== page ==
The State of Georgia, along with 25 other states, notched a win last week when the Supreme Court decided to temporarily halt the EPA’s power plant rule. This rule, as we’ve talked about before, would increase energy prices for Georgia’s families and limit economic growth. While the rule isn’t formally dead yet, I hope that this stay is a positive sign for Georgia’s future, and that it will spur the President to eventually decide that his power-grabbing executive orders and unlawful agency regulations should be stopped.
- The Hill. Supreme Court blocks Obama’s climate rule for power plants
- New York Times. Supreme Court blocks Obama EPA coal emissions regulation
- Georgia Public Broadcasting. Supreme Court puts White House carbon pollution limits on hold
- Atlanta Journal Constitution. Supreme Court stays EPA climate regulations Georgia helped litigate
I took to the House floor last Friday to highlight how this rule, and the Supreme Court's action against it, is "Exhibit A" in how our current President is ignoring the rule of law and the Constitutional powers of Congress. It saddens me that we can't do what presidents and congresses in the past have done -- work together to solve hard problems -- and instead, we have an environment where disagreement isn't seen as an opportunity to work together to change hearts and minds, but as an obstacle to be avoided and usurped.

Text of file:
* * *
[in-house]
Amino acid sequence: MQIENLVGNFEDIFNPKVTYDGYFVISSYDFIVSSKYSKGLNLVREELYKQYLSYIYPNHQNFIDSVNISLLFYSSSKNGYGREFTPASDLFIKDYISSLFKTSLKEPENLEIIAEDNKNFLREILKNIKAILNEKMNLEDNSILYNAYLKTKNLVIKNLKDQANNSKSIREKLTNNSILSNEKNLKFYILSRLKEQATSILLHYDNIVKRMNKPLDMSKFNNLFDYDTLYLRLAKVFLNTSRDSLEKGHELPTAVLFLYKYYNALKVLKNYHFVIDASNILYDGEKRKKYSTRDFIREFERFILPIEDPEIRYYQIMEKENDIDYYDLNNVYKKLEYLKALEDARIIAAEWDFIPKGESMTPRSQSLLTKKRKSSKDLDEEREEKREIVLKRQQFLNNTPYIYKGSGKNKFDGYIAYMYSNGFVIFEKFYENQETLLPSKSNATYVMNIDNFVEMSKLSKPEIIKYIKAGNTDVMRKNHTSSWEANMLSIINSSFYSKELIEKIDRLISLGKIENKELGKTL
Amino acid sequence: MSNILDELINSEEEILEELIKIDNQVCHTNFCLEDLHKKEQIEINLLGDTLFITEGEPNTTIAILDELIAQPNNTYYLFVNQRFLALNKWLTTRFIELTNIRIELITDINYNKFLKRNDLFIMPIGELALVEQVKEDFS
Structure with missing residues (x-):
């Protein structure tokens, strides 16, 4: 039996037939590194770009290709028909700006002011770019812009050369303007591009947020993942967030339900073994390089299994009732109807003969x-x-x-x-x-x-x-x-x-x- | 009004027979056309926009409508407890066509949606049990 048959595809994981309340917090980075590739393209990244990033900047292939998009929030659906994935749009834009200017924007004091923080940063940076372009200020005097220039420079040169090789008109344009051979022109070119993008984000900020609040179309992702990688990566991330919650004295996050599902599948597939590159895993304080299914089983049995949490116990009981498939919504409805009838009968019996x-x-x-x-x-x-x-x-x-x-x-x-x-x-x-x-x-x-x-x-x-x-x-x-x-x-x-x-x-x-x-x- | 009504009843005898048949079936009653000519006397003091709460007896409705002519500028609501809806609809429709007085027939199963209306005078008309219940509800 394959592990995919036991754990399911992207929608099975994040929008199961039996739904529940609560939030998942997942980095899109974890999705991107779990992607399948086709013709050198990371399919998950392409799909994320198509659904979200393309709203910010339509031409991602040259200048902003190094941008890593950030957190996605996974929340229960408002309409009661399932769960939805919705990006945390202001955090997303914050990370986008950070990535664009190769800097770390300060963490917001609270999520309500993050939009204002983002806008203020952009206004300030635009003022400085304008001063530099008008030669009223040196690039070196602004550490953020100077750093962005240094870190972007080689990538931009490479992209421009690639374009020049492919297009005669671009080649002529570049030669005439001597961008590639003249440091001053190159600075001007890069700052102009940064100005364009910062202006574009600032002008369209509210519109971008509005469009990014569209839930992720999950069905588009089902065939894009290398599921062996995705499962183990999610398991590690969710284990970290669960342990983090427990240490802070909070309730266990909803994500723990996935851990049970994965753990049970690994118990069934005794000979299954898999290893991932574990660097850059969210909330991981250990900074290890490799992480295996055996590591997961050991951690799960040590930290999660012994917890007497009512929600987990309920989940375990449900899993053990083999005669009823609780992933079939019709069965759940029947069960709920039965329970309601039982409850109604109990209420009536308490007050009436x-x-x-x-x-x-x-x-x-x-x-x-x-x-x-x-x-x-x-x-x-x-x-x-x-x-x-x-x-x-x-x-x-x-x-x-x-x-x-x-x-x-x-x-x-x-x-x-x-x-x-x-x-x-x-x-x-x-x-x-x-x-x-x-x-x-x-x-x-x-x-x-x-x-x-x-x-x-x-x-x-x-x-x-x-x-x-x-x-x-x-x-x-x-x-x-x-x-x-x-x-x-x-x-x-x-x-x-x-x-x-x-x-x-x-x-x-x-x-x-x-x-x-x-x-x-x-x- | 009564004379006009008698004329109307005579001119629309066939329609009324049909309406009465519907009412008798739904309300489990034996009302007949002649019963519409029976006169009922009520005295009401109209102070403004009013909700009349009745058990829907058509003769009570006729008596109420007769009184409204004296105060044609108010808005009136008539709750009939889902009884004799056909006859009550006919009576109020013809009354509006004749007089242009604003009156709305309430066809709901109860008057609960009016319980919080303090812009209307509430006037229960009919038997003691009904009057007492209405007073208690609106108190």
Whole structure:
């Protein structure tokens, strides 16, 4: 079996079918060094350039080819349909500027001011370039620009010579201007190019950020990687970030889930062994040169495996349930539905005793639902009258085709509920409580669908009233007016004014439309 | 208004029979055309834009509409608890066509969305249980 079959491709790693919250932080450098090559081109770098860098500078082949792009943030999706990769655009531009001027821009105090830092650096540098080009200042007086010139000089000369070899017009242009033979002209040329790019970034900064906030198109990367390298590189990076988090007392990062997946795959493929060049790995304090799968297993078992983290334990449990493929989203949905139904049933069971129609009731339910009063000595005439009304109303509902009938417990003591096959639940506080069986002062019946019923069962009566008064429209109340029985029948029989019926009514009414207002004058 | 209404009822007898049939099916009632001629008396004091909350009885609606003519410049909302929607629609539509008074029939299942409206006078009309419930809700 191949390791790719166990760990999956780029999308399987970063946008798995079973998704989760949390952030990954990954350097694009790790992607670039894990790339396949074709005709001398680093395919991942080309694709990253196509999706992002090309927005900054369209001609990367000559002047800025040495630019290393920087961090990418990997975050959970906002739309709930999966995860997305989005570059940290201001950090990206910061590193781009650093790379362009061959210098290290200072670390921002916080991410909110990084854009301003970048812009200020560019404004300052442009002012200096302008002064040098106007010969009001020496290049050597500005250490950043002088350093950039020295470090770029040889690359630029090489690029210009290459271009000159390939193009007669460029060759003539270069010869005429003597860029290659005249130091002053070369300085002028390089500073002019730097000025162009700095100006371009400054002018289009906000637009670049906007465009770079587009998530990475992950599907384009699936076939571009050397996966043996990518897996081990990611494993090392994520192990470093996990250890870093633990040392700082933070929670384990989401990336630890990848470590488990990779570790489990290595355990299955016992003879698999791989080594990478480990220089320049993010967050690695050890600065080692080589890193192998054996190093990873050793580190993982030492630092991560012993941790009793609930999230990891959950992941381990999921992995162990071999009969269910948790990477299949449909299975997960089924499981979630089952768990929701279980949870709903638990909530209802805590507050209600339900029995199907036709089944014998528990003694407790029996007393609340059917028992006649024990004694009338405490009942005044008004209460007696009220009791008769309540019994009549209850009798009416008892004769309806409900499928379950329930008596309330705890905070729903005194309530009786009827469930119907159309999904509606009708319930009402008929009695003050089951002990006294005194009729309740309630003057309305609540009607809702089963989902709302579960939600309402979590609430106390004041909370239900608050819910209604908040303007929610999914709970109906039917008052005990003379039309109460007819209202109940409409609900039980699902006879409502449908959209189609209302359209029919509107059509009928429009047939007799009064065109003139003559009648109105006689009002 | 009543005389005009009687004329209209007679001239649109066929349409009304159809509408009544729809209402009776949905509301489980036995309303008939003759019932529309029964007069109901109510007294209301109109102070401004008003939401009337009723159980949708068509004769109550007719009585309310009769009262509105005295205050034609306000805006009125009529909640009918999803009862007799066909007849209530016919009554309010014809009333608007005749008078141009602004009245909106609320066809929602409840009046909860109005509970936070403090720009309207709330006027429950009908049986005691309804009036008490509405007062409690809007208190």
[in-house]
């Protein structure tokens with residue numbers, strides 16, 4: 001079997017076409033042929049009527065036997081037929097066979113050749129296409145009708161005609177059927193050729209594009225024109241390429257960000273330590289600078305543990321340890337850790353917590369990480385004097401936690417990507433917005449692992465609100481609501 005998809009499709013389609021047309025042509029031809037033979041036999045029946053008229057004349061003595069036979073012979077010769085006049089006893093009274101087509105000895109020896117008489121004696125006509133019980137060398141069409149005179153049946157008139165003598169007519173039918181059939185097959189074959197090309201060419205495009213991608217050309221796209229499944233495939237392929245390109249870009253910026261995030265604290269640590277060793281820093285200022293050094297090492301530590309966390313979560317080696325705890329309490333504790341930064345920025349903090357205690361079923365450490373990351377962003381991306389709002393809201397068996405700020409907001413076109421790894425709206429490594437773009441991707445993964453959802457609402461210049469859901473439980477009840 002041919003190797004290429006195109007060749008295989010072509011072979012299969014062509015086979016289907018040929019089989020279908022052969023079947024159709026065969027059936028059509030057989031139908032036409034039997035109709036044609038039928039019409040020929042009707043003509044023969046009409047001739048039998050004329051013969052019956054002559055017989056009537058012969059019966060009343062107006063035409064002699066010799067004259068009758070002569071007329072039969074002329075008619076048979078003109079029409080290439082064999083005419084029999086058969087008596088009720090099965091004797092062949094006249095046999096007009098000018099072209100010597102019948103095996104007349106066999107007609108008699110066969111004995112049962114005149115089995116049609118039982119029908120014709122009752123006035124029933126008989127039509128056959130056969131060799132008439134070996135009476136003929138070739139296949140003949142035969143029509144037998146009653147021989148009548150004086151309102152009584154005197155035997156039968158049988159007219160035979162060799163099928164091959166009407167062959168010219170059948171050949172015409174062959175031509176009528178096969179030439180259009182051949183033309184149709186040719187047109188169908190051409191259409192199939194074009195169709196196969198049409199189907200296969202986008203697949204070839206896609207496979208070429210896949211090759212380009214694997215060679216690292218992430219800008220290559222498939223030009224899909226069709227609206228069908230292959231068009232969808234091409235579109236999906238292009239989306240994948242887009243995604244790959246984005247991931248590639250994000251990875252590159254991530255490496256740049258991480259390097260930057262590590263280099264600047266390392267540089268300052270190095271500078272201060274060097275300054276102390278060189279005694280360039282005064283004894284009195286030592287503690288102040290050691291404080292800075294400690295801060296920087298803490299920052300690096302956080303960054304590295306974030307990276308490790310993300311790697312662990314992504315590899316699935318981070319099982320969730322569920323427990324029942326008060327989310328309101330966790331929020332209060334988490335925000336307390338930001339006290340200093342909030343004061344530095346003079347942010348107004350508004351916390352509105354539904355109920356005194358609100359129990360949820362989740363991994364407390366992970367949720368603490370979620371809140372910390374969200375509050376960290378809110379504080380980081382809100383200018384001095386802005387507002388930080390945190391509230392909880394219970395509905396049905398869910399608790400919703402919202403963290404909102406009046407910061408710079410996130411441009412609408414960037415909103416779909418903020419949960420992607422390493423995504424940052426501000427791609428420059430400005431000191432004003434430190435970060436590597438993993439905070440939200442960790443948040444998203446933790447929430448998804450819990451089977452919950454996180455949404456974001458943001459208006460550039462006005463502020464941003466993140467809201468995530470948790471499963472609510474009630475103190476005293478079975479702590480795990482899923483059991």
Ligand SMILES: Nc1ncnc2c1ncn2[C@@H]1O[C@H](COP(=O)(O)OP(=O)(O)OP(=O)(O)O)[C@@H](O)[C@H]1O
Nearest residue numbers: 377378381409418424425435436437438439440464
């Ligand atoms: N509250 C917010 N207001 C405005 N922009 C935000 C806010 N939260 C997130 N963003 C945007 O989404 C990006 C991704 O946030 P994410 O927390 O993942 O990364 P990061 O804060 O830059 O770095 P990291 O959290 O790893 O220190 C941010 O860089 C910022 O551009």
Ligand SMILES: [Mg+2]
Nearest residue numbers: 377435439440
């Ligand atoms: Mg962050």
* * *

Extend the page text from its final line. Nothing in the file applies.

Last Wednesday, the House Foreign Affairs Committee held a hearing entitled “From Iraq and Syria to Libya and Beyond: The Evolving ISIL Threat,” which featured testimony from the State Department’s Special Presidential Envoy for the Global Coalition to Counter ISIL, the Honorable Brett McGurk. While the U.S. and her allies from Europe and the Middle East are trying to support anti-ISIS and anti-Assad forces in Syria, Mr. McGurk made clear in his testimony how ISIS is being helped by the airstrikes being carried out by Russian forces in support of Syrian President Assad. He also expressed concern about the growing influence of ISIS on other terrorist groups around the world, especially Boko Haram in parts of Africa and ISIS affiliates in Libya. Clearly, ISIS is a serious threat to the hope of peace around the world, and while we still haven’t seen a comprehensive strategy from President Obama to defeat ISIS, I’m proud that the House Foreign Affairs Committee is taking the lead in working with the State Department to keep the American people informed about our progress in Syria and Iraq and calling for the President to develop a better counter-ISIS strategy.